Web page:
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Gastric acidity-associated disorders such as peptic ulcer and reflux diseases are widespread, and the reported resistance and side effects of currently used medicines suggest an urgent requirement for alternative therapeutic approaches. Here we demonstrate a critical role of ASAP3 in regulating the microvilli structure of parietal cells in vivo, and reveal the feasibility of controlling gastric acidity by targeting ASAP3. Conditional knockout of ASAP3 in mice caused elongation and stacking of microvilli in parietal cells, and substantially decreased gastric acid secretion. These were associated with active assembly of F-actin caused by a higher level of GTP-bound Arf6 GTPase. Consistently, a small molecular compound QS11 inhibited ASAP3 function and significantly reduced gastric acidity in vivo. Of note, the expression of ASAP3 was positively correlated with gastric acid secretion in 90 human cases, and high expression of ASAP3 was associated with reflux disease and peptic ulcer. These results reveal for the first time that ASAP3 regulates the microvilli structures in parietal cells. Our data also suggest ASAP3 as a feasible and drugable therapeutic target for gastric acidity-associated diseases.
Gastric acid secretion is required for the digestion of protein, absorption of vitamin B12, iron and calcium, 1 as well as the prevention of bacterial overgrowth. Insufficient gastric acidity may increase the risks of osteoporosis, 2 rheumatoid arthritis, 3 infectious diseases 4 and malignancy, 5 whereas excess acid secretion may also lead to widespread diseases such as peptic ulcer 6 and gastro-esophageal reflux disease (GERD). 7–10 Drugs that control gastric acid secretion, such as proton pump inhibitors (PPIs), are used in the treatment of many conditions such as dyspepsia, peptic ulcer, GERD, Barrett’s esophagus, eosinophilic esophagitis and so on. The PPIs are among the most widely sold drugs in the world and are in general well tolerated, but resistance and adverse effects such headache, nausea, diarrhea, abdominal pain, fatigue and dizziness have been reported. 11 Thus, there is a need for discovering alternative approaches for controlling gastric acidity, which may provide therapeutic opportunity for patients who have unsatisfactory response to PPIs.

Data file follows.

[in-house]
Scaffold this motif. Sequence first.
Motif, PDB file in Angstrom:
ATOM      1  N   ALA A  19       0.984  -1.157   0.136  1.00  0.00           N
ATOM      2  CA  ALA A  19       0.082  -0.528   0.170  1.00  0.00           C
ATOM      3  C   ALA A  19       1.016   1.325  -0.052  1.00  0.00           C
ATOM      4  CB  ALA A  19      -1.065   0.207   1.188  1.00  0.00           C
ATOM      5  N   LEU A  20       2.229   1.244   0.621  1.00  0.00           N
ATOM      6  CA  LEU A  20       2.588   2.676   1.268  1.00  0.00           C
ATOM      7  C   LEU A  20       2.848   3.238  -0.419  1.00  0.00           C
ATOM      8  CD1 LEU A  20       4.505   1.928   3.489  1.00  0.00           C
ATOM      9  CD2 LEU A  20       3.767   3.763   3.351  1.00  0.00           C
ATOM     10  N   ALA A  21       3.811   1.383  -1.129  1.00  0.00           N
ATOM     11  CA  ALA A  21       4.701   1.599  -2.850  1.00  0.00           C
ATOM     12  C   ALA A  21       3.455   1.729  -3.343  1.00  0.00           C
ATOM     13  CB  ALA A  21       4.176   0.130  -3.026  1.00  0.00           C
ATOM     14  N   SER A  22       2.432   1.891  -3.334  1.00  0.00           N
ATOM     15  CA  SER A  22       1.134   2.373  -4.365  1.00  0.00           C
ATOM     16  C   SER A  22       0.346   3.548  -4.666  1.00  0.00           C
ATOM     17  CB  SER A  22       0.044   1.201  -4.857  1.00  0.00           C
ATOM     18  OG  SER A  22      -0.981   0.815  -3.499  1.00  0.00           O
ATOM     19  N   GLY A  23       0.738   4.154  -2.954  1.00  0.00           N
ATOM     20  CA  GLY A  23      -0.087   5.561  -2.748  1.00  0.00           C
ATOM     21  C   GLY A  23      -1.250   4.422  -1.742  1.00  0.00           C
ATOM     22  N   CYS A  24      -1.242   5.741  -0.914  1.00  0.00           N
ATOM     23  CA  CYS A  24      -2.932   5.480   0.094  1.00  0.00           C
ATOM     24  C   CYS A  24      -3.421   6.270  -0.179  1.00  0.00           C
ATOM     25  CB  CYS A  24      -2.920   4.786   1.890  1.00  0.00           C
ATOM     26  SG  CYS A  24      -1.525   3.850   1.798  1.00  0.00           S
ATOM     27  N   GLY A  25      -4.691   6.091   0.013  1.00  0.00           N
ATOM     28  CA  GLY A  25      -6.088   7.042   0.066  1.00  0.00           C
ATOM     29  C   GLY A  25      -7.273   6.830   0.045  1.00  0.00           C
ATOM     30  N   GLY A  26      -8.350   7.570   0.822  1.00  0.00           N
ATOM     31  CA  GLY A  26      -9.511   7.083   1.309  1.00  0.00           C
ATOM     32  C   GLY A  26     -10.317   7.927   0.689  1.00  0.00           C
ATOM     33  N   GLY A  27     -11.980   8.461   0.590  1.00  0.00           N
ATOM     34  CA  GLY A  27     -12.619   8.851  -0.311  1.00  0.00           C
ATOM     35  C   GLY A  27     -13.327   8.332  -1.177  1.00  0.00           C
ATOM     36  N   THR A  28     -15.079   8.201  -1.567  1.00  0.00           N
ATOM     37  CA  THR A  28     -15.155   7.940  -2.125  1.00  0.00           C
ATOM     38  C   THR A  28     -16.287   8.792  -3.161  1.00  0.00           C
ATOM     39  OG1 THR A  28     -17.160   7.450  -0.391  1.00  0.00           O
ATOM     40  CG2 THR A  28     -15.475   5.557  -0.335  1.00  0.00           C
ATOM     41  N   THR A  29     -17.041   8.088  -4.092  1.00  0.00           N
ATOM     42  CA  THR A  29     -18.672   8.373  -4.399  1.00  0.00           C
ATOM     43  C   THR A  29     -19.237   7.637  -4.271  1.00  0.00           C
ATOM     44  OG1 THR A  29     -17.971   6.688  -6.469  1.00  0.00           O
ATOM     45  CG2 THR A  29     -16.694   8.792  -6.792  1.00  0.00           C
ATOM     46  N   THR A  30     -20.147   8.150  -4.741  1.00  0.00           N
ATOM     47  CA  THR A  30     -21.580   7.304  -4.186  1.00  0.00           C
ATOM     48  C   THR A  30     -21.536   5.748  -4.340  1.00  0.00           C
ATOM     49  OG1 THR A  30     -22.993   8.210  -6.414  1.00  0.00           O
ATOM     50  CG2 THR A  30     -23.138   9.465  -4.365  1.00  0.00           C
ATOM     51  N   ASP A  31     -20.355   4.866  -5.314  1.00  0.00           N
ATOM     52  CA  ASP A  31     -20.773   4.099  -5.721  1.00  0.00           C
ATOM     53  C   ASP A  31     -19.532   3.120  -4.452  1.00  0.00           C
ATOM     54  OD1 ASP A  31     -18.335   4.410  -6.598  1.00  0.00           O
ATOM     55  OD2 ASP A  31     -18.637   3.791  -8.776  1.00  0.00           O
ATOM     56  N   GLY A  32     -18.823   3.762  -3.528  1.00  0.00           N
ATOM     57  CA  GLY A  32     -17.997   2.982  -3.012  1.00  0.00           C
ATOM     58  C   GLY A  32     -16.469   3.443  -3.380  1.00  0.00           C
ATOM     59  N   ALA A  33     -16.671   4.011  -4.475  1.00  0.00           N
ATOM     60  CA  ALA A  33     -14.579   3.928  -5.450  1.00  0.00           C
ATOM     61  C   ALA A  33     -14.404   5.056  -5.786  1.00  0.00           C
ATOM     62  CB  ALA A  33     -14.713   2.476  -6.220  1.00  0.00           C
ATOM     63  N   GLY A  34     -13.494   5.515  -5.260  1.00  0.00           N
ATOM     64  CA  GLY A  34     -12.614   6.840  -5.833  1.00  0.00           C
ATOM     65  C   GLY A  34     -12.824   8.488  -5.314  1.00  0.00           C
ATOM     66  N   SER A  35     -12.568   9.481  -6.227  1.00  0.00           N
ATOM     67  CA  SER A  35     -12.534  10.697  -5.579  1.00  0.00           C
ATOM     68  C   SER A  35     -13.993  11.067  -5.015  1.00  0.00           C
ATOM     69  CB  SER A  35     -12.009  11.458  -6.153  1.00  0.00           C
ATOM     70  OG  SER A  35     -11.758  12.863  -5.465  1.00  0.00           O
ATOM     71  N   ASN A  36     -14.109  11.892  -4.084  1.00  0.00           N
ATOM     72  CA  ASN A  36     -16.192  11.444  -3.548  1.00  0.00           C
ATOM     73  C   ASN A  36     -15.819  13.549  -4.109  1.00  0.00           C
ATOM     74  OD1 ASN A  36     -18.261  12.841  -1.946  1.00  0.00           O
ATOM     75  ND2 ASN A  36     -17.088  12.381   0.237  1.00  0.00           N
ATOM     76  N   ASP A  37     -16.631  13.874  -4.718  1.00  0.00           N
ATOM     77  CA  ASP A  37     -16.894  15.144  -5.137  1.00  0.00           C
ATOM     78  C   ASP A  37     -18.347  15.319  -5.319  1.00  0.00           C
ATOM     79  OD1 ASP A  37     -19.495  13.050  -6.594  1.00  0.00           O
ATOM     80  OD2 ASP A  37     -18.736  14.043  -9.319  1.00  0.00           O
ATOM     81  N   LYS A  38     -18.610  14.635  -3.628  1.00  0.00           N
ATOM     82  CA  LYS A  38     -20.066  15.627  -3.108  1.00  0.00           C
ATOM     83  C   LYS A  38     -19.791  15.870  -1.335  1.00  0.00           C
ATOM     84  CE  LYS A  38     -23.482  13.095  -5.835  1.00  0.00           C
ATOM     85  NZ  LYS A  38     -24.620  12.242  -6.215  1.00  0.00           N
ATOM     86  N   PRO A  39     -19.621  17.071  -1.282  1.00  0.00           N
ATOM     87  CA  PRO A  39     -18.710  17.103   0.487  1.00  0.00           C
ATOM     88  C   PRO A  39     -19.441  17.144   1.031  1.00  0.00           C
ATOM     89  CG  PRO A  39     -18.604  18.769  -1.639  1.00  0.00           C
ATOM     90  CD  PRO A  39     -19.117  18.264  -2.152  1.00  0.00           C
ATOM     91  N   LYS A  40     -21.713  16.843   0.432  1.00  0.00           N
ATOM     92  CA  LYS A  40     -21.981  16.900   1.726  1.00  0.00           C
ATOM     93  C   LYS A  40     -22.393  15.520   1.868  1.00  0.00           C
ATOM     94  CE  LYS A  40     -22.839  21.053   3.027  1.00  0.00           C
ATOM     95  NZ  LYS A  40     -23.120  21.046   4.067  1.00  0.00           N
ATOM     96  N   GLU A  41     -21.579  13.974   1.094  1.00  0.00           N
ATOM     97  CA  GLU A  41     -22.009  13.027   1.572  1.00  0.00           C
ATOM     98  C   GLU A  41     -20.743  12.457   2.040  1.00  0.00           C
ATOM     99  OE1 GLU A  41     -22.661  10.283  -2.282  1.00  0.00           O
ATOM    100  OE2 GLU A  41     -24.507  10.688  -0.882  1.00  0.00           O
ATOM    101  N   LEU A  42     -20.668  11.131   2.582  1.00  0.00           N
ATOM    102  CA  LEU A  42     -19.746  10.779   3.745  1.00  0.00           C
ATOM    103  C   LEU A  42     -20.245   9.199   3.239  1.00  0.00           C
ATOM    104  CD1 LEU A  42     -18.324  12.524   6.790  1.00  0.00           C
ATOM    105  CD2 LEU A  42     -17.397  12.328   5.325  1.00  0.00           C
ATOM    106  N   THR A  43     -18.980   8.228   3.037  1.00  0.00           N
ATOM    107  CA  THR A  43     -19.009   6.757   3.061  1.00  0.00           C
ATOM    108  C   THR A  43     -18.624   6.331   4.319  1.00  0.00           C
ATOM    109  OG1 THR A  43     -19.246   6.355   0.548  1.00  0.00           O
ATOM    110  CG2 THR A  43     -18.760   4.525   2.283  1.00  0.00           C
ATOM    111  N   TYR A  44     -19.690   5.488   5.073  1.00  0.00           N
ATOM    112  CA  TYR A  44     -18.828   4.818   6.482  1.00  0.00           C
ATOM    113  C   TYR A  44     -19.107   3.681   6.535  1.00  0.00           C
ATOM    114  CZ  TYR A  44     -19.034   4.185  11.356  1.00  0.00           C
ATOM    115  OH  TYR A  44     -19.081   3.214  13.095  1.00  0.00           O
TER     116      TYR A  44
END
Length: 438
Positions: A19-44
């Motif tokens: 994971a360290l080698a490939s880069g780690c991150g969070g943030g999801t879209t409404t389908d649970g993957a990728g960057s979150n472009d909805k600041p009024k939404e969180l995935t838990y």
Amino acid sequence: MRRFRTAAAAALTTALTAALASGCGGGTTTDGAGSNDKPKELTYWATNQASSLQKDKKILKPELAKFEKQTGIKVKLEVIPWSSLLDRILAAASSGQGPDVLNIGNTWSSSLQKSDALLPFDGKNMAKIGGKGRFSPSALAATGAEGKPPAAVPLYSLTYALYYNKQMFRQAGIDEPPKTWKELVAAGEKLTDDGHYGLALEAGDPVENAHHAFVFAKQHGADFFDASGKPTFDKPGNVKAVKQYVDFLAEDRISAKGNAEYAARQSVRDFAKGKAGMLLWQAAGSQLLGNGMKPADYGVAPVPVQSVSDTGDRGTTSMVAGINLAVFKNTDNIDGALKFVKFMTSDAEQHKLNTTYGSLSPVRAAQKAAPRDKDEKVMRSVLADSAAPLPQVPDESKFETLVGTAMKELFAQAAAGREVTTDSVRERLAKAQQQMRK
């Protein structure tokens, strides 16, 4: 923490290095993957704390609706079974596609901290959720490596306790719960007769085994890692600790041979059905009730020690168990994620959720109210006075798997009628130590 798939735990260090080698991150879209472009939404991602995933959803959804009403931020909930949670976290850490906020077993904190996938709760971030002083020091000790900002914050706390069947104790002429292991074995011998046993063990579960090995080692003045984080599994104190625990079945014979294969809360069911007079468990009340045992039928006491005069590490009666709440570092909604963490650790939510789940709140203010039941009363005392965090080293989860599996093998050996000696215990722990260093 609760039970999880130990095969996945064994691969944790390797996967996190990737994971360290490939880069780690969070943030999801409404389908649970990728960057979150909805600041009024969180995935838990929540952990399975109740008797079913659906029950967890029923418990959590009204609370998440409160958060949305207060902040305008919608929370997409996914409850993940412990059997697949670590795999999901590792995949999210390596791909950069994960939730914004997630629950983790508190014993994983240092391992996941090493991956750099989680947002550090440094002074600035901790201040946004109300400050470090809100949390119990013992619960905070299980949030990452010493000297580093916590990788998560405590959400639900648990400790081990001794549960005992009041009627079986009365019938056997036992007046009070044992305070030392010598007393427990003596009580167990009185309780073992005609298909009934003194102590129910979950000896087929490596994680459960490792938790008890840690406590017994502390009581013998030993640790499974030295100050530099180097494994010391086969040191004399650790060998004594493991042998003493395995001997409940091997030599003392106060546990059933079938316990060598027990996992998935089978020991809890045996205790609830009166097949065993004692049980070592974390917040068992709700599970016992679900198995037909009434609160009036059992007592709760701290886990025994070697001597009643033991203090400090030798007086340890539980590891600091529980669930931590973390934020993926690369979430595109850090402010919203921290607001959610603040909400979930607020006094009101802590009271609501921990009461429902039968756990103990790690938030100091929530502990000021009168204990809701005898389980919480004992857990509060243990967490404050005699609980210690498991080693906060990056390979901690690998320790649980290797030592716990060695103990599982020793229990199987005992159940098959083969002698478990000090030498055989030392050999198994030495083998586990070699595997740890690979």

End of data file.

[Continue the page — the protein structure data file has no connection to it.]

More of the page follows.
The gastric parietal cells contain extensive apical membrane on the surface of microvilli, constituting a structural basis for transient proton pumping. Currently, it is poorly understood how the structure of microvilli is regulated. Several in vivo studies have suggested the roles of Arf6, 12 Hip1r13 and ezrin 14,15 in regulating gastric acid secretion, but these were thought to function through the vesicle transportation pathway. Similarly, an in vitro study based on isolated rabbit parietal cells indicated that ASAP3, an Arf GTPase activating protein, may affect gastric acid secretion by binding ezrin and inducing the fusion of tubulovesicles to apical membrane. 16